They aren't going to pass on anything. They will have sold it all. Ours has been a country living off the principal those much-maligned (and many of them were truly awful people) robber barons left us. Now, I fear, is when it comes to an end. The corruption goes all the way down, and while it is in a sense unfair that we should collectively be on the hook for the masters of the universe, there is another in which it is entirely appropriate.

Ari, Maximos lives and breathes, but undoubtedly suffers from the same sense of loss that Cyrus so aptly describes. Indeed, "it comes to an end", as was foretold by far greater men than we. W4 is a fine safe harbor during the storm and look forward to your commentary and our collective resistance to the designs of our anti-Christian rulers.

Cyrus, your special grace will be to raise your daughter during a time of mass dissolution. Take heart, she will build upon the ruins left by those who mocked God.

Cyrus, your special grace will be to raise your daughter during a time of mass dissolution. Take heart, she will build upon the ruins left by those who mocked God.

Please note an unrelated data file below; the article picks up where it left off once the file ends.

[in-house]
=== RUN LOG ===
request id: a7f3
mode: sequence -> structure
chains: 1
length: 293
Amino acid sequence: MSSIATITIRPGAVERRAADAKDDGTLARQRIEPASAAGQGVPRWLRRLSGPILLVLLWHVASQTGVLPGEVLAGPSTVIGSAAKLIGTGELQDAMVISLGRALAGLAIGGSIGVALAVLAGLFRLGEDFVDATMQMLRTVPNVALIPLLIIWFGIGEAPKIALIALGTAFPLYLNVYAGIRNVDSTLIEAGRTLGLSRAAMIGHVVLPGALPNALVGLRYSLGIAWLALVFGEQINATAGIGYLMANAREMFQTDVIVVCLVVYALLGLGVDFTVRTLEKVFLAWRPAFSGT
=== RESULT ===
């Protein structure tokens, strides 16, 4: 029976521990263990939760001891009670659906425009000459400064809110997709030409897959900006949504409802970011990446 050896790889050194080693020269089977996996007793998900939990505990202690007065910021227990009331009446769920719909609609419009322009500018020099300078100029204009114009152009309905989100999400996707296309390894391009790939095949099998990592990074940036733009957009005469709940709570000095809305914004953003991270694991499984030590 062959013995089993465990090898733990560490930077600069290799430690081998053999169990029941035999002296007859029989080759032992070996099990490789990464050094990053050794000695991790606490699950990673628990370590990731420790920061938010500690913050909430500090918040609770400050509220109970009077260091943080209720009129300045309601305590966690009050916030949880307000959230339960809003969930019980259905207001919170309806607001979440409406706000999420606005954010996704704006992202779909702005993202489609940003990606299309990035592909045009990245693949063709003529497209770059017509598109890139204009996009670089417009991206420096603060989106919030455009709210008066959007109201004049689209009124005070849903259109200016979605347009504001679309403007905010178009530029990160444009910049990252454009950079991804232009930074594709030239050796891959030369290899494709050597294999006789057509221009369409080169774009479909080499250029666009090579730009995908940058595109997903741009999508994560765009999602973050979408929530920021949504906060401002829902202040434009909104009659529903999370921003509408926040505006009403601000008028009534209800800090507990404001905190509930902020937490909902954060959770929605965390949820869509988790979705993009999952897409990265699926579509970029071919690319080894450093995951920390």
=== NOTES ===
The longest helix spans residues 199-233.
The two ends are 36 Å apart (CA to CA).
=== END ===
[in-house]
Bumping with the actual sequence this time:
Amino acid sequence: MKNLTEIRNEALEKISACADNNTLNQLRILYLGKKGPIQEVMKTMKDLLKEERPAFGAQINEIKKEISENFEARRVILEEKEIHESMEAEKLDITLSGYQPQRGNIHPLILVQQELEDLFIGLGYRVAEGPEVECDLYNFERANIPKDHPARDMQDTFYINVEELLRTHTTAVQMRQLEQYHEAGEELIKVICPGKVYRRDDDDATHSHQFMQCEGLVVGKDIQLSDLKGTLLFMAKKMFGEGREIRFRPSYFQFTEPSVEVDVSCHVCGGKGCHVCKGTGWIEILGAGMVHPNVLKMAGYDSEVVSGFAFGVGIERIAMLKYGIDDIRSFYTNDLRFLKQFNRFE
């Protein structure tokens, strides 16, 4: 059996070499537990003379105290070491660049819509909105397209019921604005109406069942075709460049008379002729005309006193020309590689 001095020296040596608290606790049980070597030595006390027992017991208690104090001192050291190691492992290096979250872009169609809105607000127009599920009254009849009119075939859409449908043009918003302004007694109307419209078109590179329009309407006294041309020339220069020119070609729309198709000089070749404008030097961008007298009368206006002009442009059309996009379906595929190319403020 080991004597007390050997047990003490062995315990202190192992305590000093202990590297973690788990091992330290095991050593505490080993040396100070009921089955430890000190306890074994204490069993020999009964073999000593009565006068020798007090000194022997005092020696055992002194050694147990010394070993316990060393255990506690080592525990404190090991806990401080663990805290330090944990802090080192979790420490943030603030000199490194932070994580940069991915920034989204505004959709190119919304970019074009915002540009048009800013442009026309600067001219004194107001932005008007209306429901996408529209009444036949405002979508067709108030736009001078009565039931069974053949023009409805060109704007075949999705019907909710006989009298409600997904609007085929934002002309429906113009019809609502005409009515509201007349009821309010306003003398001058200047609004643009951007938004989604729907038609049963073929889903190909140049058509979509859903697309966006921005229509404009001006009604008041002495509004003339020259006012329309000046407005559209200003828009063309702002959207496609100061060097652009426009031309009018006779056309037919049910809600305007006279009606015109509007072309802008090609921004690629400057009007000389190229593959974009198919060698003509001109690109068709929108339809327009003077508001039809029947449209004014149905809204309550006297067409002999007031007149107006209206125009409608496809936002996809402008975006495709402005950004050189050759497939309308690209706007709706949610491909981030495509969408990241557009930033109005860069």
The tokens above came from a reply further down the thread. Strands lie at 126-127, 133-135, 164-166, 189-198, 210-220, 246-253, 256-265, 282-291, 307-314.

We hope not just one daughter, as wonderful as she is, but as many more as God will grant us. My wife and I only wish we hadn't met so late in life, and could have had this joy years ago.

Yes, though, I feel like America's wheels are finally coming off in a way that I've expected for a long time. It's been obvious for decades that the United States could not remain a debtor nation indefinitely, and now it seems the game is up, and that we haven't seen even the beginning of the readjustment. Nor, with all due respect to their supporters, do Obama or McCain inspire any confidence, only differing varieties of dread. Perhaps I'm just getting more cynical as I age, but each presidential election cycle somehow manages to make me nostalgic for the last.

W4 is a fine safe harbor...

Only a United Christendom can stave off The Darkness the ominous nature of current events foretell.

Too bad that the Harbinger of that Darkness in our times has remained unrecognized to certain noble Crusaders of Christendom.

A Voice in the Desert remains unheeded; it's all in the Hands of Divine Providence now.